11. RONR provides good tools for limiting debate on an actual motion, but what about member questions, comments, even - alas - speeches that often occur during the Reports of Officers? What tools do the chair and assembly have to effectively manage this part of the agenda? Our agenda contains a specified order, but not specified times or durations for each item. Is a 2/3 vote appropriate, for example, to close or limit question and discussion time during the officers' reports? Or is a majority enough? Or can the chair simply put a lid on things unilaterally? (A stage hook has not customarily been available, but sometimes we wish it were!)
  12. Thanks, Kim, that helps. The examples, too. -
  13. "The rules contained in the current edition of Robert's Rules of Order Newly Revised shall govern the Society in all cases to which they are applicable and in which they are not inconsistent with these bylaws and any special rules of order the Society may adopt." Can anyone offer a reason why the phrase "not inconsistent" is commonly used here instead of simply "consistent"? Obviously there's an important difference between "consistent" and "not inconsistent", but I've never seen it explained well. An illustrative example would help. Thanks.
  14. The discussion has been helpful. If the bylaws are interpreted so that nomination by the Board Development Committee is deemed a qualification for the office of Trustee, however, it seems that the Board Development Committee would then have absolute veto power over all prospective candidates. That would make the election of Trustees by the full membership a mere charade, because only the Board Development Committee's "selection" can be on the ballot, and even a write-in vote can only be cast for an "eligible" candidate (RONR p.430 line 14).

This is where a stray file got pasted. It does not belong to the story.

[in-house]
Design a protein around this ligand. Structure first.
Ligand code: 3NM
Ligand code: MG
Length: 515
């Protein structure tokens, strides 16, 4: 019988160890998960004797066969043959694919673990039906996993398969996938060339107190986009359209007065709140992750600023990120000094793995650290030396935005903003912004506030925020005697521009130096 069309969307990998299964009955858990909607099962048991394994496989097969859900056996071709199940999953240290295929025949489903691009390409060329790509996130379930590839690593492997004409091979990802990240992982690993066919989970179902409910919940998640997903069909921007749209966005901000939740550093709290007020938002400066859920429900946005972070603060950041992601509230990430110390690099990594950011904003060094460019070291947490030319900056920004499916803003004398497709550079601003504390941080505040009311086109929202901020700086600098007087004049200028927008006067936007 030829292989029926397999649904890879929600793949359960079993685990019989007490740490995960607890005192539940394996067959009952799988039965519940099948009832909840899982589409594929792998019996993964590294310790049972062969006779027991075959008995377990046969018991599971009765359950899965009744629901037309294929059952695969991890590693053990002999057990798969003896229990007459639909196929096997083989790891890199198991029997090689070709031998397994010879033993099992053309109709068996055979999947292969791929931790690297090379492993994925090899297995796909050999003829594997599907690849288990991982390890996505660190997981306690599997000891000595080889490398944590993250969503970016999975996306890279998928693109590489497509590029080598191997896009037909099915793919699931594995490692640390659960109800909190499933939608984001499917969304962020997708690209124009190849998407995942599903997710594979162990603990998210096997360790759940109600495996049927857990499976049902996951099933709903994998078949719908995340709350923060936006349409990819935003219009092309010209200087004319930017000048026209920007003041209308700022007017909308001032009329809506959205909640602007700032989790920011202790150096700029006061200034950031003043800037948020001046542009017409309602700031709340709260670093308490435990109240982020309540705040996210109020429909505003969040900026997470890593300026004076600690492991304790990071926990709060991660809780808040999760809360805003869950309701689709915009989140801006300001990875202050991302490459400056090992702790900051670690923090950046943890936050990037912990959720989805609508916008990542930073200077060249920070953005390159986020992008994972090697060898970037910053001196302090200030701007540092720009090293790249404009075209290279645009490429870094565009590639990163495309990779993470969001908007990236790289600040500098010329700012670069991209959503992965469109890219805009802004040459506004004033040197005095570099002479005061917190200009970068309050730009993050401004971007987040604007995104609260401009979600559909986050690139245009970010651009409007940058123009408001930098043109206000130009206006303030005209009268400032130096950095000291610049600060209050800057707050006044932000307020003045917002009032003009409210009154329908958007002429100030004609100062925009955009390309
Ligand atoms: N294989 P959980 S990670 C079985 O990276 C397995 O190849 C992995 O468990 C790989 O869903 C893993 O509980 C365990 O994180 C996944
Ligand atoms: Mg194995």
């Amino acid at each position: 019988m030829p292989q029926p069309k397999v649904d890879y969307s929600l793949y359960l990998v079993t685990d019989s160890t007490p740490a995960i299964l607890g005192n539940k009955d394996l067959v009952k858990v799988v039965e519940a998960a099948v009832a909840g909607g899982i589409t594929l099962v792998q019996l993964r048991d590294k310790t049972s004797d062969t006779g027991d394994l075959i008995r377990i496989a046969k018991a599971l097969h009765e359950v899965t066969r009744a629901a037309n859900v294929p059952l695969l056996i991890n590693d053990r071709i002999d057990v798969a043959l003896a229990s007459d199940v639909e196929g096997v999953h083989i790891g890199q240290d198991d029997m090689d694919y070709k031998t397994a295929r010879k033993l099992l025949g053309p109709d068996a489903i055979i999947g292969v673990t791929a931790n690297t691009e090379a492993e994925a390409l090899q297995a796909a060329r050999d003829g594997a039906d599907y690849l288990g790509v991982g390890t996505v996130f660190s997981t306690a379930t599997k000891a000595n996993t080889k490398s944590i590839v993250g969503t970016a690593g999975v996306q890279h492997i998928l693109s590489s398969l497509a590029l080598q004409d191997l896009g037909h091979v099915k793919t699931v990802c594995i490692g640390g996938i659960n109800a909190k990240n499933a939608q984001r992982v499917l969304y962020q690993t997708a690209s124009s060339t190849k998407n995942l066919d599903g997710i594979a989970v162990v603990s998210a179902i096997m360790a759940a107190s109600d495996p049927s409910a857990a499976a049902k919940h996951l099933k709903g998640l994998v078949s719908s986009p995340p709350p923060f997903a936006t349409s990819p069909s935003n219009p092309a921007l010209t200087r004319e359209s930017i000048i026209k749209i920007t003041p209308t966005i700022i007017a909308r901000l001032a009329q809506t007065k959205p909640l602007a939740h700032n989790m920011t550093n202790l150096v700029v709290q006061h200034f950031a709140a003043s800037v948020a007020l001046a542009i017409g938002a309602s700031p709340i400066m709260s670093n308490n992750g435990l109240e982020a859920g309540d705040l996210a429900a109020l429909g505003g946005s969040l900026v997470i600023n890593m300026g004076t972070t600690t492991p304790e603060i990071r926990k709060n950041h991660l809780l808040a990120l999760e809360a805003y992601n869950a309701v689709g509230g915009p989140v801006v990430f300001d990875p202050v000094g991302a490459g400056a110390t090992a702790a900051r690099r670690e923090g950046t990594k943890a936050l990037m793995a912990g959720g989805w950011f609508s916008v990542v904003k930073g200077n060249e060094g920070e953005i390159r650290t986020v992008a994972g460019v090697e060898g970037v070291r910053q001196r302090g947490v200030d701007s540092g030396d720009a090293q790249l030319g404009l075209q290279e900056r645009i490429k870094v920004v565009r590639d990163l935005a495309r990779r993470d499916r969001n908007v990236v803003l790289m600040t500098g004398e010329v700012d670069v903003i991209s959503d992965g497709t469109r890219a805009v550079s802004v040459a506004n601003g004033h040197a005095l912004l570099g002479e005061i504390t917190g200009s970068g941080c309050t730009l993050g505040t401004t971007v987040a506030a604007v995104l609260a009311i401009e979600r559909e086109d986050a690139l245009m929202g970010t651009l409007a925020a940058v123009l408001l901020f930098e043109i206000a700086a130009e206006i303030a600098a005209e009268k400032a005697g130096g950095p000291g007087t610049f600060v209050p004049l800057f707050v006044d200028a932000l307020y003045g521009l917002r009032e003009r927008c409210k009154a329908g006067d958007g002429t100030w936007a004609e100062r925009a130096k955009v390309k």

15. Thanks much to all for your help; that seems pretty clear. One more question, currently hypothetical, but very possible in the current situation. If the written Notice of Annual Meeting warns - inappropriately, if I understand correctly - that nominations from the floor will not be accepted, does that statement need to be challenged in writing BEFORE the annual meeting in order to be considered a timely challenge? Or can a member wait until an actual nomination from the floor is actually ruled out of order at the meeting, then state his point of order and/or appeal? The chair is already aware that not everyone agrees with her position on suppressing nominations from the floor.